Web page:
With thousands of fonts to choose from, selecting a font with accessibility in mind is no easy task. Several fonts have been developed specifically to address the needs of individuals with reading-related disabilities such as dyslexia. Examples include OpenDyslexic, Dyslexie, Read Regular, and Lexie Readable.
Common accommodations students with disabilities request in online courses include the remediation of inaccessible PDFs and other documents into accessible formats, captioned videos, and extra time on assignments and tests. Accommodations should be requested in the same way they are requested for onsite courses. To receive accommodations from a postsecondary institution, students should contact the campus disability services office for information about documentation requirements and procedures.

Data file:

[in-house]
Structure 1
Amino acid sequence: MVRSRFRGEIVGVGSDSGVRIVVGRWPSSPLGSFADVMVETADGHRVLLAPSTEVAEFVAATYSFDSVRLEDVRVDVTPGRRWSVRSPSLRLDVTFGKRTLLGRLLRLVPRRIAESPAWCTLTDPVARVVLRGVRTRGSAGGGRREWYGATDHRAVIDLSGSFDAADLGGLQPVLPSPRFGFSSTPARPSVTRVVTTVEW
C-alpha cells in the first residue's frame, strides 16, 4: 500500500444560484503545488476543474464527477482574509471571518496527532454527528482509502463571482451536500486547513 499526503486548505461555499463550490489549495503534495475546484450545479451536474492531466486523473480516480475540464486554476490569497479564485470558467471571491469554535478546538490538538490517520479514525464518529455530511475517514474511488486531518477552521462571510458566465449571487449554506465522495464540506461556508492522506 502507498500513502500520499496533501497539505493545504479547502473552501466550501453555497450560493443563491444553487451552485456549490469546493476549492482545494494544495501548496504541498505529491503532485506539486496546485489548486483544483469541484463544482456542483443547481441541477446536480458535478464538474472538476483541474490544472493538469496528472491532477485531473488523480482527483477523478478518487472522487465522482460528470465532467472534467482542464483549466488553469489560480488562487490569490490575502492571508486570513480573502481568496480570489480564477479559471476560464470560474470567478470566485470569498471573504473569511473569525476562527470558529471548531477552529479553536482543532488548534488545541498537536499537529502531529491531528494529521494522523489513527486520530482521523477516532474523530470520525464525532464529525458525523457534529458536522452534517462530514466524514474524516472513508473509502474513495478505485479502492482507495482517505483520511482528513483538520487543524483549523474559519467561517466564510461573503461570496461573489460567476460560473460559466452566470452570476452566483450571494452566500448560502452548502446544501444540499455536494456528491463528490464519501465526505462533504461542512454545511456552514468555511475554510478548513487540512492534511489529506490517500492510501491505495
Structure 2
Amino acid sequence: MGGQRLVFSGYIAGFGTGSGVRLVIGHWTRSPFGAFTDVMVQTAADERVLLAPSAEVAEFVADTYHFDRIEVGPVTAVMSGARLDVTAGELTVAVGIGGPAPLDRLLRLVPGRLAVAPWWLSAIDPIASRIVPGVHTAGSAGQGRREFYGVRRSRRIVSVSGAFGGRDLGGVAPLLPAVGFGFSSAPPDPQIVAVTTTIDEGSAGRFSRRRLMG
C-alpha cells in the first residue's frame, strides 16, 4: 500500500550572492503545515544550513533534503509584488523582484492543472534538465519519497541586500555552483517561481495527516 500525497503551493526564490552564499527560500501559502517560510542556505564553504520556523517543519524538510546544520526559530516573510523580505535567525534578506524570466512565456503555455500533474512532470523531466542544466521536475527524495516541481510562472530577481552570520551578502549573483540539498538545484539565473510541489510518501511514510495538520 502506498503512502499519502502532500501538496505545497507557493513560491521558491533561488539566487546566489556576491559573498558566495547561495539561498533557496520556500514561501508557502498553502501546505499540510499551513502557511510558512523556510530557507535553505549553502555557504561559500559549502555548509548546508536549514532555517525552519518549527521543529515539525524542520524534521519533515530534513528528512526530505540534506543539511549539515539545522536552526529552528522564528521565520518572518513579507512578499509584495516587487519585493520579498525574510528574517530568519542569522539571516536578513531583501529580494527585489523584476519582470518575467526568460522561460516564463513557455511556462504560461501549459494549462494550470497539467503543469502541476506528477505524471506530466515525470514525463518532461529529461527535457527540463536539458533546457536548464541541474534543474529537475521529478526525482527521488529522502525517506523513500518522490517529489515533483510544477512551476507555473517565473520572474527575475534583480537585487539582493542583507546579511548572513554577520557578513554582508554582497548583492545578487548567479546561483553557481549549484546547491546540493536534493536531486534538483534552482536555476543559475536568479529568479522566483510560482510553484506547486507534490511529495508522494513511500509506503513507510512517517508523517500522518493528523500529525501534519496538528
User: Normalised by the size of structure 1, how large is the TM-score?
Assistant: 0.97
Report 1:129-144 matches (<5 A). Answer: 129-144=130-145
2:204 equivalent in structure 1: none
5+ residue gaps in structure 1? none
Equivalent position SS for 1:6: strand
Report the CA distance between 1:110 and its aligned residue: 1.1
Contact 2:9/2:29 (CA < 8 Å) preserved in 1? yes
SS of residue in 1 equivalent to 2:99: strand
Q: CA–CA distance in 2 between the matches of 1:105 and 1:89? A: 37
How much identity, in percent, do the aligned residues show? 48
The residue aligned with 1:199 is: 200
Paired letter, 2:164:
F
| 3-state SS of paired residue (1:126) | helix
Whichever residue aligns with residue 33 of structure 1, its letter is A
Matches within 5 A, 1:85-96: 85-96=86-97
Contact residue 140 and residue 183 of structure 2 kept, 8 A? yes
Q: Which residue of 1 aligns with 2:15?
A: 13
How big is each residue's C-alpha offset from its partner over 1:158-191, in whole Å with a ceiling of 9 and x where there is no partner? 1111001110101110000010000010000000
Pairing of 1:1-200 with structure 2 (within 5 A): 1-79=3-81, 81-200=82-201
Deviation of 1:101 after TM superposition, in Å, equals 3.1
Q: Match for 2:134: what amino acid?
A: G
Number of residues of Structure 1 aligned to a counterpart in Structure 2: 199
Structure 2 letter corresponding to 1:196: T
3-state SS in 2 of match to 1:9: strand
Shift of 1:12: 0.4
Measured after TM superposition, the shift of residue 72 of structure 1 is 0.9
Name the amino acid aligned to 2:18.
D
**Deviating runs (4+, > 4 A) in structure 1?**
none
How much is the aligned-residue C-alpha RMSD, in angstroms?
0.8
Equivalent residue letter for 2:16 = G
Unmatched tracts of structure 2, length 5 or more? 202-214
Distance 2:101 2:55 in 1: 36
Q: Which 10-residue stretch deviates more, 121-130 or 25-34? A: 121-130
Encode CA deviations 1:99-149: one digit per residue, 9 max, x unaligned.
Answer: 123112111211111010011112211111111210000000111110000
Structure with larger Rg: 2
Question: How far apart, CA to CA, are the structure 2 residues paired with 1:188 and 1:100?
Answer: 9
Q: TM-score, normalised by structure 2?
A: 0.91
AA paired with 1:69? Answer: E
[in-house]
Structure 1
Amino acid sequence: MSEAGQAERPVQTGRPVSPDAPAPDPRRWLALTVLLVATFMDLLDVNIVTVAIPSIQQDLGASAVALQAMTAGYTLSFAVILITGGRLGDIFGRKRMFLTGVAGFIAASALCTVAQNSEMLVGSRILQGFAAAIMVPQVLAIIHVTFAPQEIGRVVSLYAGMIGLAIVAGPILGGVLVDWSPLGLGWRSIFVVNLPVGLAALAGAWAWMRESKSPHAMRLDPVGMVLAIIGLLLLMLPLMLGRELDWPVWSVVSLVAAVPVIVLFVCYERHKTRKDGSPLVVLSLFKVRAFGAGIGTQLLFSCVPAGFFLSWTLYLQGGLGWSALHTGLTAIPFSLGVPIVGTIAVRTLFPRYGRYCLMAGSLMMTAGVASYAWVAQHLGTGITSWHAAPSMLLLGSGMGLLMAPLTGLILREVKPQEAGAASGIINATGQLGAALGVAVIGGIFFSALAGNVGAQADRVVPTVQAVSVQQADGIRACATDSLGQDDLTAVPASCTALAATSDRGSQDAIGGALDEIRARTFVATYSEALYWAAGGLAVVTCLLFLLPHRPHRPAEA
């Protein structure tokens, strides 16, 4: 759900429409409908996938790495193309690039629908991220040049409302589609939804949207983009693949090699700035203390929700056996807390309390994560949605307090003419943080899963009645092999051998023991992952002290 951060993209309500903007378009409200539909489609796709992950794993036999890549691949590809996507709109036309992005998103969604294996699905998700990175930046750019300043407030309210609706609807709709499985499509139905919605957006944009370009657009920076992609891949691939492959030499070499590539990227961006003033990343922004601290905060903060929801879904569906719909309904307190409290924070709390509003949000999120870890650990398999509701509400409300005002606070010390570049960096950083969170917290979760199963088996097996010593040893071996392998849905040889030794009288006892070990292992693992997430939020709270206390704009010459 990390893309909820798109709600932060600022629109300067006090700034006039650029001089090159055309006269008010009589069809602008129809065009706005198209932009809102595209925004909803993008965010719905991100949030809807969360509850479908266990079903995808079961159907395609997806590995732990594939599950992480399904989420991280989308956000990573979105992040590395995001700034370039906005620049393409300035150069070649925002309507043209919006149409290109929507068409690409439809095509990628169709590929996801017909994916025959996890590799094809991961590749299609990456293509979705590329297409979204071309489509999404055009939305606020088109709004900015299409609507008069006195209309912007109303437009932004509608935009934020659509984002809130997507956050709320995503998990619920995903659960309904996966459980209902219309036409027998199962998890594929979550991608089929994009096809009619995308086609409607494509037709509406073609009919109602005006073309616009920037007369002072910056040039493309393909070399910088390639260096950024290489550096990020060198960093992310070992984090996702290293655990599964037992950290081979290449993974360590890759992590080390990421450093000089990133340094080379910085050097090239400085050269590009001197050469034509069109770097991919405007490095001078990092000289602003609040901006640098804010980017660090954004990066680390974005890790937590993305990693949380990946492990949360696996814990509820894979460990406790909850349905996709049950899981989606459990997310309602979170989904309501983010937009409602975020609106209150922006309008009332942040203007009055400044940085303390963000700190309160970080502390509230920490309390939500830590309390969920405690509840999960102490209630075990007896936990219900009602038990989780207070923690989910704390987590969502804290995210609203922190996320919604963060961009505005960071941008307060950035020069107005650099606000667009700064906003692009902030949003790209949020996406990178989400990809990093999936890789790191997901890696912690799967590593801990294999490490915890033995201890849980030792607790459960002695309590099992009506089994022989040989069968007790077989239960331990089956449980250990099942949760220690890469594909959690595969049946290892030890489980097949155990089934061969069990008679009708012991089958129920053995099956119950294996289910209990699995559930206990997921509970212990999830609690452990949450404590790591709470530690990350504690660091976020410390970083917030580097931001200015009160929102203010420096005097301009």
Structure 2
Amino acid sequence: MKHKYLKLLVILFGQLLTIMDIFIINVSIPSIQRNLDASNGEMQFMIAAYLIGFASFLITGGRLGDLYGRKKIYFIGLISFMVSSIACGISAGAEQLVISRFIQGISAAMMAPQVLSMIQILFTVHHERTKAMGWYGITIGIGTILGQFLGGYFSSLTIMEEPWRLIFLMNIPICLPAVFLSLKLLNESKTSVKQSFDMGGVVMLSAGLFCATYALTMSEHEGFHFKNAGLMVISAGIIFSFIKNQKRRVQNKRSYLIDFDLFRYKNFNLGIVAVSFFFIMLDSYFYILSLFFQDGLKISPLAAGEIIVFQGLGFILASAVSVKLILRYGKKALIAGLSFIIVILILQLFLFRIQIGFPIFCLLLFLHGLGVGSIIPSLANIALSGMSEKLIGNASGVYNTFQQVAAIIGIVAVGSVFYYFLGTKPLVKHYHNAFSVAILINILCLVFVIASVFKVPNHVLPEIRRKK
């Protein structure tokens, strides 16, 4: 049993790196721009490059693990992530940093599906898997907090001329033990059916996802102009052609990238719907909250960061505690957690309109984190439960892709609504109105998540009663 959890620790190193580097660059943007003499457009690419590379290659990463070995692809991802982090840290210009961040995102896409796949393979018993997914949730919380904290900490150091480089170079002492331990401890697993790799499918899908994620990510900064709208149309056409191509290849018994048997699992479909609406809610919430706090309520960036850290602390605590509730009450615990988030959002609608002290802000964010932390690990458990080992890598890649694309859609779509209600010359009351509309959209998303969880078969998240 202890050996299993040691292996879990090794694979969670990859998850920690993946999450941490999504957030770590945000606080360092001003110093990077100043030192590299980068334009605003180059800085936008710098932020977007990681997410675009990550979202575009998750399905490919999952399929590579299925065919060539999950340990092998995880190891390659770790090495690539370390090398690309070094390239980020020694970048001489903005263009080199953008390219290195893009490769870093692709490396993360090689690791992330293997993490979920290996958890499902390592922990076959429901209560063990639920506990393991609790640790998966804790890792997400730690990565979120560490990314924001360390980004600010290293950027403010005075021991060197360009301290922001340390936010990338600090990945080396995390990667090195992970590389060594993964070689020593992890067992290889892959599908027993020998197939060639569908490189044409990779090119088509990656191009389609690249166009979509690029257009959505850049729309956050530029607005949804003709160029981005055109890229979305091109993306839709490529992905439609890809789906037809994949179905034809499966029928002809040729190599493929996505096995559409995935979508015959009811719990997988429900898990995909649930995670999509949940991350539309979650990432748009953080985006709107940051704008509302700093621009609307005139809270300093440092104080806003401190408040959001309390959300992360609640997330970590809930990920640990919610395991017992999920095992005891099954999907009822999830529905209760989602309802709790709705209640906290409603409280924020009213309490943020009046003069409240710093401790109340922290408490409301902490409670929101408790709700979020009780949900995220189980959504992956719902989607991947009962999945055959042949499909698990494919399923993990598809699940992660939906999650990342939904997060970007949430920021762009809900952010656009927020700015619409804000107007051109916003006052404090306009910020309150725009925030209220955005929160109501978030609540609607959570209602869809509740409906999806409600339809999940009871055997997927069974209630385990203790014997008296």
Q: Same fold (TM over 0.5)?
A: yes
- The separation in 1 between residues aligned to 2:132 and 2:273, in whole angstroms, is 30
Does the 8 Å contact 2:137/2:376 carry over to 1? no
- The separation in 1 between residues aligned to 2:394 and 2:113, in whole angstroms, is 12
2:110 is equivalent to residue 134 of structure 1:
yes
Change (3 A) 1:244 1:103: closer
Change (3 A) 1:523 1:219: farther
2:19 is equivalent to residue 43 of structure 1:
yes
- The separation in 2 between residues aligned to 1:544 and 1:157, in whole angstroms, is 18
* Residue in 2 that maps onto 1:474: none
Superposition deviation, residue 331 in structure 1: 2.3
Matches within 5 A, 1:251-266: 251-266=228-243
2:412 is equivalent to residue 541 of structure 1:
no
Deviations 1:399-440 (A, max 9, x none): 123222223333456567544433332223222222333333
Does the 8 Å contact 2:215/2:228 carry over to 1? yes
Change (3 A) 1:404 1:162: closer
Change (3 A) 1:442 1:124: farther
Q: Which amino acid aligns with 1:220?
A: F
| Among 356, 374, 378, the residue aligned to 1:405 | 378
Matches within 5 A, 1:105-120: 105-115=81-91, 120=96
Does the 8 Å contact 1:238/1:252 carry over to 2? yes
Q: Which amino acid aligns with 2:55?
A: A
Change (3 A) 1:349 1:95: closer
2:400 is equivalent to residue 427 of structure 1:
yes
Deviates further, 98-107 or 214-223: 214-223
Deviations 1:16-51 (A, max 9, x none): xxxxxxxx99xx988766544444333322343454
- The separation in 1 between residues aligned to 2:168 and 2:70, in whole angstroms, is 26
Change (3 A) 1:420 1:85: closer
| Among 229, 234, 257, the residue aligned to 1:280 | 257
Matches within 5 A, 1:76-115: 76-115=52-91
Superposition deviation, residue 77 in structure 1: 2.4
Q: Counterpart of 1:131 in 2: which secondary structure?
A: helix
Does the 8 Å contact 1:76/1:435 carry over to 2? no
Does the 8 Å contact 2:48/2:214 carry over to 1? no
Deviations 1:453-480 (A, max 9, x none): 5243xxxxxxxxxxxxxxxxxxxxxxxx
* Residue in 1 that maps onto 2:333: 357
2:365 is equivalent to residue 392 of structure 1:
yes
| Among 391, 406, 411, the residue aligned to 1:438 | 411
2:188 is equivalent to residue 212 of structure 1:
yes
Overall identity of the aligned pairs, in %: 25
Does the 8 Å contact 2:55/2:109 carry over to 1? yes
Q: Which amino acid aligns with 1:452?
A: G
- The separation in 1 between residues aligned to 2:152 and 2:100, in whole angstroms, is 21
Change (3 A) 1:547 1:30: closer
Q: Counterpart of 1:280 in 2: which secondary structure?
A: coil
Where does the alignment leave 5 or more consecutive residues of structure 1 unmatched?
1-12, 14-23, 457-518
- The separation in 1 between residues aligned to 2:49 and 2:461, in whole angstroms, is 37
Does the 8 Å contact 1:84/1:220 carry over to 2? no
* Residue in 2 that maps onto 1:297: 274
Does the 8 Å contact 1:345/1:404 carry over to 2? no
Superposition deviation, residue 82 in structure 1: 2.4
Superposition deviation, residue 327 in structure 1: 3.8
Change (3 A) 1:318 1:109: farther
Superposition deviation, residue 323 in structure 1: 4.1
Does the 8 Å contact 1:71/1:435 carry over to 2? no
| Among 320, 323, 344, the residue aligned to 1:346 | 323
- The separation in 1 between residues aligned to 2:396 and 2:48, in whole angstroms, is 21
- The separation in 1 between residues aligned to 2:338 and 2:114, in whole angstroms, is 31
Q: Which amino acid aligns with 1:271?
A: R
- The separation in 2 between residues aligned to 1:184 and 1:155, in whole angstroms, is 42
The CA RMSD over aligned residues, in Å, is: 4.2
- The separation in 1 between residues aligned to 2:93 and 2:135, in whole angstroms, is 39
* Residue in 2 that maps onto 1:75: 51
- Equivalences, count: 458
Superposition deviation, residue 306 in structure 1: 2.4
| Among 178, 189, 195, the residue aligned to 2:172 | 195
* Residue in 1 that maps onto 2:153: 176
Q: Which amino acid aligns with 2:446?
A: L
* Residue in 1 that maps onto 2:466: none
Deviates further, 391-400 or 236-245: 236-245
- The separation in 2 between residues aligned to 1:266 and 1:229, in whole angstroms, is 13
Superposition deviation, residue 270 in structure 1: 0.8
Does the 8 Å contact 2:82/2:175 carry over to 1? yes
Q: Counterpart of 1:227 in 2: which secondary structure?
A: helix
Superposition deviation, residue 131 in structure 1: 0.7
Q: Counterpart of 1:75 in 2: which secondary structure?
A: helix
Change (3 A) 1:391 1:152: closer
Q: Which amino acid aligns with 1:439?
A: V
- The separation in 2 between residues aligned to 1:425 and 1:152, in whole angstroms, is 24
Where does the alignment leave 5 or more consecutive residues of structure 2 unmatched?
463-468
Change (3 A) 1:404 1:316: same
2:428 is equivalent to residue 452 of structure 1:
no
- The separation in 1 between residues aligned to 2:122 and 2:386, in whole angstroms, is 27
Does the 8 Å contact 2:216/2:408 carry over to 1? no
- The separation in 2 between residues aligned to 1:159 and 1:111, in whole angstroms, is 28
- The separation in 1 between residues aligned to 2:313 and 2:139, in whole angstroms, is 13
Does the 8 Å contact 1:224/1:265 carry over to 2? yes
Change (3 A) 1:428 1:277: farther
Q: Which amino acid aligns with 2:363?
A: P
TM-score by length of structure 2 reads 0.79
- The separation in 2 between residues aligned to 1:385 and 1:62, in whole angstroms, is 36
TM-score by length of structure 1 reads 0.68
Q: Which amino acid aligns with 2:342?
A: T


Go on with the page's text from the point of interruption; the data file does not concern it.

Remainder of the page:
The AccessCyberlearning 2.0 Synthesis and Design Workshop, a project funded by the National Science Foundation’s (NSF) Cyberlearning and Future Learning Technologies program of the Division of Information and Intelligent Systems (#1824450), aims to inform the design of the next generation of digital learning environments for science, technology, engineering, and mathematics (STEM) content.
Many different curricula are used to teach Advanced Placement (AP) Computer Science Principles (CSP). Most of these curricula are not fully accessible to students with disabilities, largely because the programming tools that they utilize are not accessible to students who are blind or visually impaired and typically use screen readers to access content presented on the screen. Screen readers can read text aloud to users but cannot interpret content presented in images.
“Cyberlearning” is the term used by the National Science Foundation (NSF) in its Cyberlearning Program. The Center for Innovative Research in Cyberlearning (CIRCL) works with projects in the NSF Cyberlearning Program and cyberlearning-themed projects across NSF to support, synergize, and amplify their efforts. CIRCL defines cyberlearning as follows,